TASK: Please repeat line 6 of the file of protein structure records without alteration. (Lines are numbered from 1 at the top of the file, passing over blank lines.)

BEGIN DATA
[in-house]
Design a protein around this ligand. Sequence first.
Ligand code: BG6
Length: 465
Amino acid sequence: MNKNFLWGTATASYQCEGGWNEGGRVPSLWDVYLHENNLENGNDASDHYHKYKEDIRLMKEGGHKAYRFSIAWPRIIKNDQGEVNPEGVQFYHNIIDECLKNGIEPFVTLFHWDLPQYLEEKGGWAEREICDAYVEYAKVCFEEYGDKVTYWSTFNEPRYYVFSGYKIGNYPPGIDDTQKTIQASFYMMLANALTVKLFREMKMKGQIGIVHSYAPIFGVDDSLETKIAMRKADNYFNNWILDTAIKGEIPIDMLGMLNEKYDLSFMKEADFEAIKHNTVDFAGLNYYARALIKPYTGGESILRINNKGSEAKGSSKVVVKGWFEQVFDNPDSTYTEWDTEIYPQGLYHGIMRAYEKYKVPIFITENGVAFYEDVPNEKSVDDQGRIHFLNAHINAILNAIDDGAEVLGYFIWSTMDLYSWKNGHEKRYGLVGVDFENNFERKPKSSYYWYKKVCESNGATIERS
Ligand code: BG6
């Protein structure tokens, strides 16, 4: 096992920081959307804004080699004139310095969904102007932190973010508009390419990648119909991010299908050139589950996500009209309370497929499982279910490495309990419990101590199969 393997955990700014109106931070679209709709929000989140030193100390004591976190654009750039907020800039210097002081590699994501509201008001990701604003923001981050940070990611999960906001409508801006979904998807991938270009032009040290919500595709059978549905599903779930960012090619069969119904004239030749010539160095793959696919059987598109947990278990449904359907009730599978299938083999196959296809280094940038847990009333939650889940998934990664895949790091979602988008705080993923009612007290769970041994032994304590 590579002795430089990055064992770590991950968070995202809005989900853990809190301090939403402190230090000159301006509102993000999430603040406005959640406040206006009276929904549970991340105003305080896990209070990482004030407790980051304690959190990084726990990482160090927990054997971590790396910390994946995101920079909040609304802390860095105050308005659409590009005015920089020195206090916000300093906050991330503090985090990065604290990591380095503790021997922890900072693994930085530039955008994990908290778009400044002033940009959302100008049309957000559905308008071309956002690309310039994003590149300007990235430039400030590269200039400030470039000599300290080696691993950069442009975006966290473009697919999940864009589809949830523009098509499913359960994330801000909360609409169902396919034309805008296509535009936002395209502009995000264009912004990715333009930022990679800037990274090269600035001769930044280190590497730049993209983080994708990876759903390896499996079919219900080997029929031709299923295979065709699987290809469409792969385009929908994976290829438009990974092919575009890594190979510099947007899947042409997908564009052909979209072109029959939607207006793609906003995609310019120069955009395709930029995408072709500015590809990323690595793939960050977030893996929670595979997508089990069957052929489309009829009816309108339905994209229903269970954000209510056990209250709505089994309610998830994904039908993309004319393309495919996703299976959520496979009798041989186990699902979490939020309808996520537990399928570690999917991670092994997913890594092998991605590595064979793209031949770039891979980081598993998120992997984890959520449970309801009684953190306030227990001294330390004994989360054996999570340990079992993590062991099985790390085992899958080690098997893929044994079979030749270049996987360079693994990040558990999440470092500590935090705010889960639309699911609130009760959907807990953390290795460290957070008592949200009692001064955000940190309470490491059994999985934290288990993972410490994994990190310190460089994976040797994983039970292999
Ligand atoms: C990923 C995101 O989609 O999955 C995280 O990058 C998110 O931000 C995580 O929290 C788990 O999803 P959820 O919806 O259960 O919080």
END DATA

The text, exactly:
Ligand code: BG6